As Siemens prepares to take its audiology business public, what does this move mean for the rest of the hearing healthcare field? Experts who spoke with The Hearing Journal outlined two scenarios.
One option is that Siemens generates capital to rework the public audiology business, creating more competition in the hearing aid marketplace, said Amyn M. Amlani, PhD, associate professor in the Department of Speech and Hearing Sciences at the University of North Texas.
Another possibility that does not generate cash proceeds is a spin-off of the audiology segment, wrote Oliver Metzger, equity analyst at Commerzbank AG in Frankfurt, Germany, in an e-mail to HJ.
As part of its corporate realignment, Siemens AG will operate under nine divisions, in addition to an independently operated healthcare unit.
“[T]he audiology business has a special position within the company,” Siemens said in a May 6 press release. “Both its technology and its consumer-oriented market access limit synergy potentials with other Siemens businesses.
“In addition, anticipated technological developments at Siemens Audiology differ greatly from those of the company and its healthcare activities,” particularly when it comes to “growth fields” like implants and links to consumer electronics.
“We believe that a divestment of Siemens’ audiology business is an indication of the strong appetite of equity markets for hearing aid companies and the low level of synergies with the rest of Siemens’ portfolio,” Mr. Metzger said.
The industry can be characterized by a mix of stable and defensive revenue growth that is not closely tied to economic activity, responding to demographic changes and higher life expectancy, Mr. Metzger explained.
Additionally, margins in the hearing aid industry are high, he said.
“Siemens’ audiology business has improved, in our view, on the back of investments over recent years, and we regard the current portfolio as highly competitive.” Overall, investors tend to pay a premium for such companies.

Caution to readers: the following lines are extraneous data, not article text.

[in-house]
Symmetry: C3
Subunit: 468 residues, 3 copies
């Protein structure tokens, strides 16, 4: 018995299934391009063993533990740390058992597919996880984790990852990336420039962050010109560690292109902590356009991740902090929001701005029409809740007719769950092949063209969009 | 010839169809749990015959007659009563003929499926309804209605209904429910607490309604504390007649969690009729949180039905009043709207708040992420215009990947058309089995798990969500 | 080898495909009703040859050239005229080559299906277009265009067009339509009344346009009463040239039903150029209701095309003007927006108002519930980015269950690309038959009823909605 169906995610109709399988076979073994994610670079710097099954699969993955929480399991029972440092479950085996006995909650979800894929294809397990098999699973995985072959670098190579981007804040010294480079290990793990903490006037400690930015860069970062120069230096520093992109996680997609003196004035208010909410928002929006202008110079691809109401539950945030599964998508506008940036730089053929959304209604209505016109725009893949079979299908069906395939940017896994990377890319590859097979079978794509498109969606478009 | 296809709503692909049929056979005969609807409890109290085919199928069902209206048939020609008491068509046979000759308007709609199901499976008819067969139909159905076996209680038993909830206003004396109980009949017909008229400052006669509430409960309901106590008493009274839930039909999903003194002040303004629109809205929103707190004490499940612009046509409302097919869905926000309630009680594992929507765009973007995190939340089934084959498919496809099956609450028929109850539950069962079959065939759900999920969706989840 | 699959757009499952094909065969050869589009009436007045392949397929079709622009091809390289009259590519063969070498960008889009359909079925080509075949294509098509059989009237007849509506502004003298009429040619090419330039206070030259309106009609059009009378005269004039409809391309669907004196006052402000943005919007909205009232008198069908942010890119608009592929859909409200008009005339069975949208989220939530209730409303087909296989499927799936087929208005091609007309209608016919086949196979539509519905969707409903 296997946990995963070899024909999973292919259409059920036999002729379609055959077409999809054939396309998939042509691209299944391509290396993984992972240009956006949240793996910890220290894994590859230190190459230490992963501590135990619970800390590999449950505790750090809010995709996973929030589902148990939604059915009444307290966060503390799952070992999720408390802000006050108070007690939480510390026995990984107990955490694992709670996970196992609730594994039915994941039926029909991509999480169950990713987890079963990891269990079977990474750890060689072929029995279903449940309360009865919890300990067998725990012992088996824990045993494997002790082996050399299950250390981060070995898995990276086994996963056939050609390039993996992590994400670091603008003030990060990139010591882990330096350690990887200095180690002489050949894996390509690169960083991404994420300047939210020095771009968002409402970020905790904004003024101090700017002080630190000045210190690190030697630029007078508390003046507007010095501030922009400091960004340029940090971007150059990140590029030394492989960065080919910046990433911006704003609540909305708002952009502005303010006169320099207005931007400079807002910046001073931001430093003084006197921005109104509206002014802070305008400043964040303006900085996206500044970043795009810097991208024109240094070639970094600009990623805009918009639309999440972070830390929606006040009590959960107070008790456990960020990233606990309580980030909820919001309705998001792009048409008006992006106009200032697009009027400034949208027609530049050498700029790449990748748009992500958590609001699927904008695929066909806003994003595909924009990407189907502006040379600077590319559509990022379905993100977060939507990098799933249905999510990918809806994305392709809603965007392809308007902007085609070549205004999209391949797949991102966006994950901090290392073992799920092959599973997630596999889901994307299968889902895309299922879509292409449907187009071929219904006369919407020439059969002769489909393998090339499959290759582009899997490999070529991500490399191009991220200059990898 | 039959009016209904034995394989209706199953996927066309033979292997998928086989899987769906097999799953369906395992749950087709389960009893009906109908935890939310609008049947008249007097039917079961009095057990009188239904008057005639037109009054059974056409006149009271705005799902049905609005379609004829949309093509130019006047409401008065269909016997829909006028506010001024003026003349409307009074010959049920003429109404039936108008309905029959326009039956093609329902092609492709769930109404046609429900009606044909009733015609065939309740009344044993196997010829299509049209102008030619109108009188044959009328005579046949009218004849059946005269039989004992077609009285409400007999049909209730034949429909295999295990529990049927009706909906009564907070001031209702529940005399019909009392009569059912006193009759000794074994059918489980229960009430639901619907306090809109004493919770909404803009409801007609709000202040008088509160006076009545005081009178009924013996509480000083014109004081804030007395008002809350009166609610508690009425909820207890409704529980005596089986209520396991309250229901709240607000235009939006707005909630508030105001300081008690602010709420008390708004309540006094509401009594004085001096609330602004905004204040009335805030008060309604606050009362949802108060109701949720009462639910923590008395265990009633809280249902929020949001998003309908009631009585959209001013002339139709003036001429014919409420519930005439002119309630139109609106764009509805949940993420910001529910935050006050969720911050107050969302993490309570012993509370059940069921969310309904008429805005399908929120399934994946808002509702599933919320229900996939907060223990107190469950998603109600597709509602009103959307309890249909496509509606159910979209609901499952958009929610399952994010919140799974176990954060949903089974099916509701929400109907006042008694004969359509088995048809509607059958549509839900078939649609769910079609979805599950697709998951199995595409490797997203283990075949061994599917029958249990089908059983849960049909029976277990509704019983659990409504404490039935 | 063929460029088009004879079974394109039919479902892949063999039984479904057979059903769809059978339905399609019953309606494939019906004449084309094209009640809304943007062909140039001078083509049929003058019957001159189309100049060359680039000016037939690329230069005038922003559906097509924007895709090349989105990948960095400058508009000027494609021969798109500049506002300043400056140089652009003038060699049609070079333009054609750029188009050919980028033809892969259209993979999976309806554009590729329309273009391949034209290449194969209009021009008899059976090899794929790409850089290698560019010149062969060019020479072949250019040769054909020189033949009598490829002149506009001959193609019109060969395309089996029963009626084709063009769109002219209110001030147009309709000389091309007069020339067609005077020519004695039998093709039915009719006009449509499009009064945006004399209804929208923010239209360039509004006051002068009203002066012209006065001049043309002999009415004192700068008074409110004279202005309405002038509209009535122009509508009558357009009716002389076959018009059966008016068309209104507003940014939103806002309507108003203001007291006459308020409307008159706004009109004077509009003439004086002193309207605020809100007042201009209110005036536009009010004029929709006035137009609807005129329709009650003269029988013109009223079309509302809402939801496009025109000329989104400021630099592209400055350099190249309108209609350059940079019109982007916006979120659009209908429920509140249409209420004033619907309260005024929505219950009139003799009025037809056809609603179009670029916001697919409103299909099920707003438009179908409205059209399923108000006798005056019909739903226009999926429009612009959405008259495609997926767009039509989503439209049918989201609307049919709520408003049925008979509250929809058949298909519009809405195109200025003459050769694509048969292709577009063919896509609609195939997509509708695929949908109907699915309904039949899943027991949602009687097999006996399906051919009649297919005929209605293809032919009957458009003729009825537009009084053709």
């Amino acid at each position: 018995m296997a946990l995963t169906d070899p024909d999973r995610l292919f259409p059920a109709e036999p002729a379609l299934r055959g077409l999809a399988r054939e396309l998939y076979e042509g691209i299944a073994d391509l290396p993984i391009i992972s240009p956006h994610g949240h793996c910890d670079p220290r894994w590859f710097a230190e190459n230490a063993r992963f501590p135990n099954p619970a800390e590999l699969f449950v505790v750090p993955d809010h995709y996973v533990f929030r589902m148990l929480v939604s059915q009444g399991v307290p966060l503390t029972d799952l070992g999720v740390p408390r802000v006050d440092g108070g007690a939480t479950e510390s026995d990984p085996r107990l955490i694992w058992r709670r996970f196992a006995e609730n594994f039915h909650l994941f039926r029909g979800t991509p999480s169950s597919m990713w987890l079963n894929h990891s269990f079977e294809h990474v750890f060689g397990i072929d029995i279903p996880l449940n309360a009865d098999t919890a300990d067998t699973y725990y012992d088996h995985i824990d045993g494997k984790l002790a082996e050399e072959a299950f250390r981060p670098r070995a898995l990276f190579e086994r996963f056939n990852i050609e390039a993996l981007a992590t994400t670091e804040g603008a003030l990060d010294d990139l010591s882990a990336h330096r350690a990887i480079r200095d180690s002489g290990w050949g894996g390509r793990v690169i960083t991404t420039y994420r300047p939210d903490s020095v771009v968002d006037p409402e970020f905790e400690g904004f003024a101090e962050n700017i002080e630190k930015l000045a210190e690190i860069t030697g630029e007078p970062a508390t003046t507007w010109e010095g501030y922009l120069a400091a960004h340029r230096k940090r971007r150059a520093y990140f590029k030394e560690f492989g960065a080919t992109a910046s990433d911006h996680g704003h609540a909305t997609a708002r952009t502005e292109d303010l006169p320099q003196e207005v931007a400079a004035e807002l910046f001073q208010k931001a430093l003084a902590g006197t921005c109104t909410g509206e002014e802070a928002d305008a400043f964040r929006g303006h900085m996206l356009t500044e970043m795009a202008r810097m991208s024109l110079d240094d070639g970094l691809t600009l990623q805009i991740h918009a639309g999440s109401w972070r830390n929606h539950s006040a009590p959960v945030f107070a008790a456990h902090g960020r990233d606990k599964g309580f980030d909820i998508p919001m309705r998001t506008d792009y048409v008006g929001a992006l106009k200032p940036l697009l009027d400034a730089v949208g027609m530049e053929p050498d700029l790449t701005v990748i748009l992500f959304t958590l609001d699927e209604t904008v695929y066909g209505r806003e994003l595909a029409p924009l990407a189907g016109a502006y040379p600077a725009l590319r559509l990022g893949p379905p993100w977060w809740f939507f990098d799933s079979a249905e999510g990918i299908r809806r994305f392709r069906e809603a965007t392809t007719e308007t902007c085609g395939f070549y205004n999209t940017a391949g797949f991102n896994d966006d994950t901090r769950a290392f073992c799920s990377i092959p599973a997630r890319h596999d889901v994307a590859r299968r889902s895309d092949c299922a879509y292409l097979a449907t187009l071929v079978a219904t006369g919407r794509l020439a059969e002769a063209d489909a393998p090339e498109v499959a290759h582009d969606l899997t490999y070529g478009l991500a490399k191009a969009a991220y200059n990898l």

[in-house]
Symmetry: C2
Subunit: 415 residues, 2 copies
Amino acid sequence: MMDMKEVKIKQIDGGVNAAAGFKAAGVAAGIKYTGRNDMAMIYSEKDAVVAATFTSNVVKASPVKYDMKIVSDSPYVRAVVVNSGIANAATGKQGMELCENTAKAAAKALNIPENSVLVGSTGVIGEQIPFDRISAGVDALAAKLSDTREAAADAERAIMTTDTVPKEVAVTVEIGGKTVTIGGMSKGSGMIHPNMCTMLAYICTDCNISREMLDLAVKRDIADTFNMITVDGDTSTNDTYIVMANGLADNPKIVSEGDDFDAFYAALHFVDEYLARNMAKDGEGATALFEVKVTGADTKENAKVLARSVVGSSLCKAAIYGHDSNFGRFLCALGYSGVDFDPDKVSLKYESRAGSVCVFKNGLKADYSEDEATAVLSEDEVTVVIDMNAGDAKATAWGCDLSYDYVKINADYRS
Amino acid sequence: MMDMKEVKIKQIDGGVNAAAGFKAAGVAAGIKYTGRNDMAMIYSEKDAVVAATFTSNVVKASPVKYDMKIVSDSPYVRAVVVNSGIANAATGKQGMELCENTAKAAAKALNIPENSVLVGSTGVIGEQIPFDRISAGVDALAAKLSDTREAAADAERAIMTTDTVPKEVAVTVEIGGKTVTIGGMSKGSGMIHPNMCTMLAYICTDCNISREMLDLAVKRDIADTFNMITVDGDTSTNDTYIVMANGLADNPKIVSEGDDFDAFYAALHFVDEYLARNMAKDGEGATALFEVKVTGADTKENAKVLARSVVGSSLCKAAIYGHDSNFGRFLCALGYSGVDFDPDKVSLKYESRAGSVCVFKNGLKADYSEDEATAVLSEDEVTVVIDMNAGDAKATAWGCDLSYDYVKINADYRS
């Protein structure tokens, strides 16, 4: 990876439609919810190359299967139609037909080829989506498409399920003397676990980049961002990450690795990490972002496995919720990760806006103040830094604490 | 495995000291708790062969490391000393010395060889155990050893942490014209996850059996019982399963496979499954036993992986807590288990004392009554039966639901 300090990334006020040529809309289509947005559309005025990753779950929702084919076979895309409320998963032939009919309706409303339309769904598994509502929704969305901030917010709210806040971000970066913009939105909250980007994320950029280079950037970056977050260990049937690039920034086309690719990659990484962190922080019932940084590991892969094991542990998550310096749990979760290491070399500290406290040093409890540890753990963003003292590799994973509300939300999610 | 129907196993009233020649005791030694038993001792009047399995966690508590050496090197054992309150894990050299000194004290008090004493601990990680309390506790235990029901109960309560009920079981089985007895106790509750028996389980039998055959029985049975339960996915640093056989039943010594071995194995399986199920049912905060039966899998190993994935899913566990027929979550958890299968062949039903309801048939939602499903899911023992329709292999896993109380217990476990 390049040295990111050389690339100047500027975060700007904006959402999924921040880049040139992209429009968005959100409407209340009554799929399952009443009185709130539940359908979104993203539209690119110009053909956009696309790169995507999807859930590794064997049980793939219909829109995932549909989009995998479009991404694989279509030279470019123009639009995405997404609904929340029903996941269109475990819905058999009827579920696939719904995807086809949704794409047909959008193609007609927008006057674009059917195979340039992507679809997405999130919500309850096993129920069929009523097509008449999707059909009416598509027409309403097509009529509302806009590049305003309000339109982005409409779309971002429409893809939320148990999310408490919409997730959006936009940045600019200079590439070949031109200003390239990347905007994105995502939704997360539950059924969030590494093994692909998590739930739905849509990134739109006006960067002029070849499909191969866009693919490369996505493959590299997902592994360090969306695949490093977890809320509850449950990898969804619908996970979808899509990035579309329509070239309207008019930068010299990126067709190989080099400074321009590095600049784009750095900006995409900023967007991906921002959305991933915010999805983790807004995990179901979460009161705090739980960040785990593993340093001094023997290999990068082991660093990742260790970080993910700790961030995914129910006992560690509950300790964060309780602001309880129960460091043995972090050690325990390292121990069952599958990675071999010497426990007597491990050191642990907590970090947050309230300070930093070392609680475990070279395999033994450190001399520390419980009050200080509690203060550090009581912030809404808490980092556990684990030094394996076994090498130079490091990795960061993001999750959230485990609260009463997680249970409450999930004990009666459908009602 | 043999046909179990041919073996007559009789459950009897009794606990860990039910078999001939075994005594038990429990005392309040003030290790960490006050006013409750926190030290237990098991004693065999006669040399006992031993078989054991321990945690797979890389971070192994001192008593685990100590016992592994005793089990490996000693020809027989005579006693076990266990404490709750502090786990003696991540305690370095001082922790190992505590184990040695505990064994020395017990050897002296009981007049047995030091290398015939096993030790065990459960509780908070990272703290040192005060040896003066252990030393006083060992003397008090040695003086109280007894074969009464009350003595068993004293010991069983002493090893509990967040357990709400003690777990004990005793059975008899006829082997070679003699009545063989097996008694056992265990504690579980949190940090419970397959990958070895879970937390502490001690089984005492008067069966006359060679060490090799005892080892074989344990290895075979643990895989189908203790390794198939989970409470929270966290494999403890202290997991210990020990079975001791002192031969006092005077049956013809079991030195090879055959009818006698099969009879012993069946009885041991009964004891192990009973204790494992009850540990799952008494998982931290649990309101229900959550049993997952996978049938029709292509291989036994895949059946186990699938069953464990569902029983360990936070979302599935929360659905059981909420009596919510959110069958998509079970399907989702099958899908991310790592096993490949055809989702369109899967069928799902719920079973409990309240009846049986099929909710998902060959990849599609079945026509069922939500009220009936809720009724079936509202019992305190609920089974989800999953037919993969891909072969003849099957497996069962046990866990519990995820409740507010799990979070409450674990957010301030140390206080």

Siemens Audiology has about 4,000 employees around the world, according to the company's statement.
Siemens brought the first industrially produced hearing aid, the Esha-Phonophor, to market in 1913. In the late 1950s, the company presented the first behind-the-ear device, followed by the first in-the-ear device and the first digital hearing system in 1966 and 1997, respectively, according to Siemens.
In 2004, Siemens introduced hearing aids utilizing radio technology to synchronize operation between the left and right ears. The company has also been recognized for developing a binaural hearing system that enables hearing aids in both ears to communicate.
While manufacturers always keep their competitors in mind, Mr. Metzger anticipates that Siemens going public will not have a significant impact on the business decisions of other hearing aid companies, as it basically means only a change in ownership.
FORM OF DIVESTMENT INFLUENTIAL
During Siemens’ 2014 second-quarter analyst and press conference, company representatives mentioned raising capital to build the business as one of the reasons for independently listing the company.
However, the option that Siemens officially uses to go public still remains to be seen.
Going public implies that Siemens’ audiology business might be listed on the stock exchange as a separate company in the form of a spin-off, which means that every Siemens shareholder will receive some shares, Mr. Metzger said. This scenario doesn't generate cash proceeds.
Another possibility is that the company divests with an initial public offering, meaning the general public can buy stock through a securities exchange, which raises capital, he said.
Increased capital could allow the company to retool its hearing aid sector, making the marketplace more competitive, Dr. Amlani said.
More competition would yield an increased supply of devices to the market, which means more options for dispensers and their patients, he added.
“The increased competition also provides dispensers the opportunity to reduce their wholesale cost per unit.”